5 Answers About Food Allergies

What causes food allergies, how food allergies are treated, and three conditions related to food allergies in children.

Eight small serving bowls containing eight common food allergens—shellfish, soy, milk, peanuts, nuts, eggs, sesame seeds, and fish.

Updated on March 11, 2024

A food allergy is an allergic reaction to consuming certain foods or coming into close contact with certain foods.

Like other allergic reactions, food allergies are a response by the immune system. The immune system is a network of cells, tissues, and organs that work together to defend the body against harmful substances. Viruses, bacteria, infectious fungi, and chemical pollutants are some of the things that the immune system protects against.

When a person has an allergy, the immune system responds to a typically harmless substance as if it were harmful. When a person has a food allergy, the immune system reacts to proteins in a specific food (or foods) as if they were something that could cause the body harm.

The immune reaction that occurs with a food allergy can affect the skin, the respiratory system, and the gastrointestinal tract. Symptoms can range from mild discomfort to anaphylaxis—a severe, life-threatening allergic reaction that causes the body to go into shock.

Food allergies affect both children and adults, and food allergies can develop at any age. However, food allergies most often begin in early childhood.

What foods can a person be allergic to?

Wheat, shellfish, eggs, milk, peanuts, nuts, and soy account for most food allergies. However, these are not the only foods that a person can be allergic to—a person can be allergic to any food. A person can also be allergic to multiple foods and non-food substances.

What causes food allergies?

The causes of food allergies are not fully understood, and it is not known why some people develop food allergies and other people do not. It is also not known why some people have severe reactions to food allergies, and others have less severe allergic reactions.

Research suggests that food allergies occur as a result of genetics and environmental factors that a person is exposed to. Having parents or family members with food allergies puts a person at risk for having food allergies, but this does not guarantee a person will have food allergies.

What conditions are related to food allergies?

Food allergies also overlap with other allergic conditions, including atopic dermatitis, allergic rhinitis, and asthma.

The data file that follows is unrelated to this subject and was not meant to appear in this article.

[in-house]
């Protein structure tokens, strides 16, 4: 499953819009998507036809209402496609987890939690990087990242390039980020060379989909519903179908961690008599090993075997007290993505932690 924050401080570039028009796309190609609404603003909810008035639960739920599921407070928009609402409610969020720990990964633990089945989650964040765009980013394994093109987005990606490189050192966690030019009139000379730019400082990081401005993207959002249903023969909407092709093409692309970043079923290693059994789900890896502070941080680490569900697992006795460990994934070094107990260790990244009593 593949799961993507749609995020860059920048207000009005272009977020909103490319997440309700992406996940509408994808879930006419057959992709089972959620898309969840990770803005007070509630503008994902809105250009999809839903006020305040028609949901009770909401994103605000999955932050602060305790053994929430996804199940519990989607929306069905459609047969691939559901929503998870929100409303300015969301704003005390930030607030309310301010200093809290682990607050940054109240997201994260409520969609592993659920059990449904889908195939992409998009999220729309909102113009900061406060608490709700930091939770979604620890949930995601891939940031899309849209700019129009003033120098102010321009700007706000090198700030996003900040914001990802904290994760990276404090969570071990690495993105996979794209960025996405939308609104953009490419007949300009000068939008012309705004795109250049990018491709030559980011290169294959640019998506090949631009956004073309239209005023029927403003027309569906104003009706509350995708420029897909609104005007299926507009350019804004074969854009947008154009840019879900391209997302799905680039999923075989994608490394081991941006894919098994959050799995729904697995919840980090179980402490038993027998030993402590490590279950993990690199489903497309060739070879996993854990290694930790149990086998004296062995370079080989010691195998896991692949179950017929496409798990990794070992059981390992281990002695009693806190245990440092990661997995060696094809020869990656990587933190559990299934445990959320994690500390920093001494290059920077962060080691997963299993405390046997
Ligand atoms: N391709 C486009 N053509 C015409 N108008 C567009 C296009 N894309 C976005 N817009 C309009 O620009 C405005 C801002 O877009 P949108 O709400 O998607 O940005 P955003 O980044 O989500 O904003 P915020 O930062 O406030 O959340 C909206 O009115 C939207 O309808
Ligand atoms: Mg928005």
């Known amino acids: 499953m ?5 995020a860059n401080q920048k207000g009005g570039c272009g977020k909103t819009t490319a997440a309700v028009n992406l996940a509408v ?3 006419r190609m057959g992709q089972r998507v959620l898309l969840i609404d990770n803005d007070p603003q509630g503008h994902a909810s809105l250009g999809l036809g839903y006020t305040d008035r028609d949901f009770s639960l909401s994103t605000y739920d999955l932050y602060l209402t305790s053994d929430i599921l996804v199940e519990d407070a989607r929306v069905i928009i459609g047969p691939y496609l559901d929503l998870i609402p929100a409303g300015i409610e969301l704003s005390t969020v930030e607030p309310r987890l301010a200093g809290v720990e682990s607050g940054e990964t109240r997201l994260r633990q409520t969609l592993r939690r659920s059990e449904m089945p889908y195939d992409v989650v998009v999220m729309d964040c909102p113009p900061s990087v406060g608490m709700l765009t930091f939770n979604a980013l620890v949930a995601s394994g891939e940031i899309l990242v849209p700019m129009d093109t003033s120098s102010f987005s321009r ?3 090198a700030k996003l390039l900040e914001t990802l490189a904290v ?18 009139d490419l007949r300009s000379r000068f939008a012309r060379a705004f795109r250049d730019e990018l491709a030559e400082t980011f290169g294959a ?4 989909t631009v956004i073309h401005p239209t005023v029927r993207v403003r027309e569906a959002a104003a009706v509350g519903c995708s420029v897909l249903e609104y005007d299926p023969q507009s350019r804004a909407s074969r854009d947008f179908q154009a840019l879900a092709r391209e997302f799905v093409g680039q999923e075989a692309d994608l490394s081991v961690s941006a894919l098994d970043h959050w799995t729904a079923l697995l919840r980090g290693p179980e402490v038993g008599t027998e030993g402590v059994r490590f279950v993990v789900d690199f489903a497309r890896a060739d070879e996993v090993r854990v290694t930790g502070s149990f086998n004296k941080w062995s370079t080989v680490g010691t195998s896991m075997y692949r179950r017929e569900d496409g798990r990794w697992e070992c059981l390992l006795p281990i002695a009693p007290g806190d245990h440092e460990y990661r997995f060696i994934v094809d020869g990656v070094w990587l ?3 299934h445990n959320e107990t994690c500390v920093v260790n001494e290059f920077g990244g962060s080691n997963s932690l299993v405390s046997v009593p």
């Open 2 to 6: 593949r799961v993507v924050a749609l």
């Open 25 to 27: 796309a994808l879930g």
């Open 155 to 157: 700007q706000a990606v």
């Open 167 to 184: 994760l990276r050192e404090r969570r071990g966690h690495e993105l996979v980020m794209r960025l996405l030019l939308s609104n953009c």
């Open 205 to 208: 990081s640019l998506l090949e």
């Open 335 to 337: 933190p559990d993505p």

• Atopic dermatitis is the most common form of eczema, an inflammatory skin condition that causes itching, dry skin, and a weakened skin barrier.
  • Asthma is an inflammatory respiratory condition that causes a narrowing of the airways in the lungs and makes it difficult to breathe.
  • Allergic rhinitis is an allergic reaction that causes symptoms like runny nose, watery eyes, sneezing, and itchy nose/throat. One example is hay fever, where a person is allergic to pollen.

The progression of atopic dermatitis, food allergies, allergic rhinitis, and asthma are sometimes referred to as the atopic march, allergic march, or atopic triad. For people with these co-existing conditions, exposure to allergens can trigger symptoms.

Can a child outgrow food allergies?

Many children outgrow their food allergies and are eventually able to tolerate the foods they are allergic to. This is more common with allergies to soy, eggs, milk, and wheat. Allergies that involve nuts and shellfish are more likely to persist for much longer periods of time and may be lifelong.

A healthcare provider—typically an allergist—can order testing to determine if a person has outgrown a food allergy. Because allergic reactions can occur during testing, testing must always be performed in a controlled healthcare setting.

How are food allergies treated?

Identifying, eliminating, and avoiding all foods and substances that cause an allergic reaction is the main focus of treatment. People with food allergies and parents of children with food allergies will need in-depth patient education on foods and behaviors to avoid. In other words, they will need to work closely with a healthcare provider.

Preparing for emergencies is another important part of a treatment plan. This includes having an emergency plan and carrying self-injection epinephrine syringes—pre-filled syringes that contain a drug used to counteract anaphylaxis.

A healthcare provider may discuss other treatment options, including immunotherapy, drugs that ease symptoms, and drugs that help block or reduce the severity of allergic reactions.

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